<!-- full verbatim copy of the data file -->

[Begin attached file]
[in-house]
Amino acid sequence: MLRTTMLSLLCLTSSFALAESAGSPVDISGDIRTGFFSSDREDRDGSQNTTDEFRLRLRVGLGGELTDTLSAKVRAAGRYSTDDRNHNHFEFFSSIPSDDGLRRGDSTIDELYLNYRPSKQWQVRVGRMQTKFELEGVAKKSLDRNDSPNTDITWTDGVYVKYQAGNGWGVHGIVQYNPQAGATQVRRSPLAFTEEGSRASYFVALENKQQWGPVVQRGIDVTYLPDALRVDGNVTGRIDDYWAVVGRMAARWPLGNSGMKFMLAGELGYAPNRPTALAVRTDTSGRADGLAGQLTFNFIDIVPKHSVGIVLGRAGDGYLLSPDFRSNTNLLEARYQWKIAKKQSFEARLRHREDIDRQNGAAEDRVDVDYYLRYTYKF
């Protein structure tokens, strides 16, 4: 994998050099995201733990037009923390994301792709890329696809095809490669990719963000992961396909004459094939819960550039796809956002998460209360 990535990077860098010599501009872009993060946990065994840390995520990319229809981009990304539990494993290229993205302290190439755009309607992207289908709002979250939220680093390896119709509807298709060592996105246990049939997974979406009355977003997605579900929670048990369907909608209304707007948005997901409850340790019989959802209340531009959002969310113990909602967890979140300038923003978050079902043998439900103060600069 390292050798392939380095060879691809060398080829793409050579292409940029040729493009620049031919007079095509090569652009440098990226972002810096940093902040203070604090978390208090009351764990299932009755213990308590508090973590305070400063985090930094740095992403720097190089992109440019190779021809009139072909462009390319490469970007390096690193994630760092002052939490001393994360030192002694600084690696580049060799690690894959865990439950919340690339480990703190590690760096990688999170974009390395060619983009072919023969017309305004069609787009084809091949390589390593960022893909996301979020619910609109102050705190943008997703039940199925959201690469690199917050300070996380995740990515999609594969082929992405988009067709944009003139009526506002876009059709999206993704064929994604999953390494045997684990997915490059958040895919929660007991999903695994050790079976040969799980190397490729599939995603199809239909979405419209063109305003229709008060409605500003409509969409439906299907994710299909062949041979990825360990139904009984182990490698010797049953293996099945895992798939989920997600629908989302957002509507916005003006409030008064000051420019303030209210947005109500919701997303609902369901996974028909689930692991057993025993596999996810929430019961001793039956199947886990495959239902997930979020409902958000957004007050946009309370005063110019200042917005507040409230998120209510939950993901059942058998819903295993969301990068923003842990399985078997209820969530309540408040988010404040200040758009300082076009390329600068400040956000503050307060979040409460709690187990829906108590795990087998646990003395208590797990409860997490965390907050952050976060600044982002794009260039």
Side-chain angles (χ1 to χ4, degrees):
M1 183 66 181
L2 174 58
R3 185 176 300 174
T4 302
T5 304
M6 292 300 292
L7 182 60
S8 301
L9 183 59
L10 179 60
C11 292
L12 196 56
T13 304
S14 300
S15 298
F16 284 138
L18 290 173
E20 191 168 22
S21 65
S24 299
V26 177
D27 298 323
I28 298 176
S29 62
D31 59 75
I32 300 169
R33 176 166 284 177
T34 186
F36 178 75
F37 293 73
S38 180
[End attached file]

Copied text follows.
[in-house]
Amino acid sequence: MLRTTMLSLLCLTSSFALAESAGSPVDISGDIRTGFFSSDREDRDGSQNTTDEFRLRLRVGLGGELTDTLSAKVRAAGRYSTDDRNHNHFEFFSSIPSDDGLRRGDSTIDELYLNYRPSKQWQVRVGRMQTKFELEGVAKKSLDRNDSPNTDITWTDGVYVKYQAGNGWGVHGIVQYNPQAGATQVRRSPLAFTEEGSRASYFVALENKQQWGPVVQRGIDVTYLPDALRVDGNVTGRIDDYWAVVGRMAARWPLGNSGMKFMLAGELGYAPNRPTALAVRTDTSGRADGLAGQLTFNFIDIVPKHSVGIVLGRAGDGYLLSPDFRSNTNLLEARYQWKIAKKQSFEARLRHREDIDRQNGAAEDRVDVDYYLRYTYKF
């Protein structure tokens, strides 16, 4: 994998050099995201733990037009923390994301792709890329696809095809490669990719963000992961396909004459094939819960550039796809956002998460209360 990535990077860098010599501009872009993060946990065994840390995520990319229809981009990304539990494993290229993205302290190439755009309607992207289908709002979250939220680093390896119709509807298709060592996105246990049939997974979406009355977003997605579900929670048990369907909608209304707007948005997901409850340790019989959802209340531009959002969310113990909602967890979140300038923003978050079902043998439900103060600069 390292050798392939380095060879691809060398080829793409050579292409940029040729493009620049031919007079095509090569652009440098990226972002810096940093902040203070604090978390208090009351764990299932009755213990308590508090973590305070400063985090930094740095992403720097190089992109440019190779021809009139072909462009390319490469970007390096690193994630760092002052939490001393994360030192002694600084690696580049060799690690894959865990439950919340690339480990703190590690760096990688999170974009390395060619983009072919023969017309305004069609787009084809091949390589390593960022893909996301979020619910609109102050705190943008997703039940199925959201690469690199917050300070996380995740990515999609594969082929992405988009067709944009003139009526506002876009059709999206993704064929994604999953390494045997684990997915490059958040895919929660007991999903695994050790079976040969799980190397490729599939995603199809239909979405419209063109305003229709008060409605500003409509969409439906299907994710299909062949041979990825360990139904009984182990490698010797049953293996099945895992798939989920997600629908989302957002509507916005003006409030008064000051420019303030209210947005109500919701997303609902369901996974028909689930692991057993025993596999996810929430019961001793039956199947886990495959239902997930979020409902958000957004007050946009309370005063110019200042917005507040409230998120209510939950993901059942058998819903295993969301990068923003842990399985078997209820969530309540408040988010404040200040758009300082076009390329600068400040956000503050307060979040409460709690187990829906108590795990087998646990003395208590797990409860997490965390907050952050976060600044982002794009260039």
Side-chain angles (χ1 to χ4, degrees):
M1 183 66 181
L2 174 58
R3 185 176 300 174
T4 302
T5 304
M6 292 300 292
L7 182 60
S8 301
L9 183 59
L10 179 60
C11 292
L12 196 56
T13 304
S14 300
S15 298
F16 284 138
L18 290 173
E20 191 168 22
S21 65
S24 299
V26 177
D27 298 323
I28 298 176
S29 62
D31 59 75
I32 300 169
R33 176 166 284 177
T34 186
F36 178 75
F37 293 73
S38 180